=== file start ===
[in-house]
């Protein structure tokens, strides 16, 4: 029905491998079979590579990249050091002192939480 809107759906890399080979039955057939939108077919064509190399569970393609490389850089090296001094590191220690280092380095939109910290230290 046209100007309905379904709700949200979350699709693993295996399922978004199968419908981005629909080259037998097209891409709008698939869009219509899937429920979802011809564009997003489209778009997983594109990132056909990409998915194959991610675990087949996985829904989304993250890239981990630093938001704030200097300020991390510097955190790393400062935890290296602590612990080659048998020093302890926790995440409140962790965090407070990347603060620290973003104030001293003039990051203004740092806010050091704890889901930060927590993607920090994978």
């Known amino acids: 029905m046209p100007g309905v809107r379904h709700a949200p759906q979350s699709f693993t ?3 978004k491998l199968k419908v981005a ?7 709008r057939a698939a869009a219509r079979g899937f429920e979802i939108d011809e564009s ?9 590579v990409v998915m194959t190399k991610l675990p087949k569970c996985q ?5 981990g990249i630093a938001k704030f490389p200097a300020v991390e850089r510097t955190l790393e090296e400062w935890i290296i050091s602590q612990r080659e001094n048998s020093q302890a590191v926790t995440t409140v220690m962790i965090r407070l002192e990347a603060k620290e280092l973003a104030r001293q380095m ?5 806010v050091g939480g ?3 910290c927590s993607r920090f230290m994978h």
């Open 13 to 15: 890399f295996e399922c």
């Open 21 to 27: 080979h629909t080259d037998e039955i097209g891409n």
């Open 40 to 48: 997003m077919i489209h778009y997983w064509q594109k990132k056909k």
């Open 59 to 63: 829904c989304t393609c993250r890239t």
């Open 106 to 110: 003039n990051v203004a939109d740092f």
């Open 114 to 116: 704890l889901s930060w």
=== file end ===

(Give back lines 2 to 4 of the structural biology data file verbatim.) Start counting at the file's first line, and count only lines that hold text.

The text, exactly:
């Protein structure tokens, strides 16, 4: 029905491998079979590579990249050091002192939480 809107759906890399080979039955057939939108077919064509190399569970393609490389850089090296001094590191220690280092380095939109910290230290 046209100007309905379904709700949200979350699709693993295996399922978004199968419908981005629909080259037998097209891409709008698939869009219509899937429920979802011809564009997003489209778009997983594109990132056909990409998915194959991610675990087949996985829904989304993250890239981990630093938001704030200097300020991390510097955190790393400062935890290296602590612990080659048998020093302890926790995440409140962790965090407070990347603060620290973003104030001293003039990051203004740092806010050091704890889901930060927590993607920090994978």
């Known amino acids: 029905m046209p100007g309905v809107r379904h709700a949200p759906q979350s699709f693993t ?3 978004k491998l199968k419908v981005a ?7 709008r057939a698939a869009a219509r079979g899937f429920e979802i939108d011809e564009s ?9 590579v990409v998915m194959t190399k991610l675990p087949k569970c996985q ?5 981990g990249i630093a938001k704030f490389p200097a300020v991390e850089r510097t955190l790393e090296e400062w935890i290296i050091s602590q612990r080659e001094n048998s020093q302890a590191v926790t995440t409140v220690m962790i965090r407070l002192e990347a603060k620290e280092l973003a104030r001293q380095m ?5 806010v050091g939480g ?3 910290c927590s993607r920090f230290m994978h």
């Open 13 to 15: 890399f295996e399922c």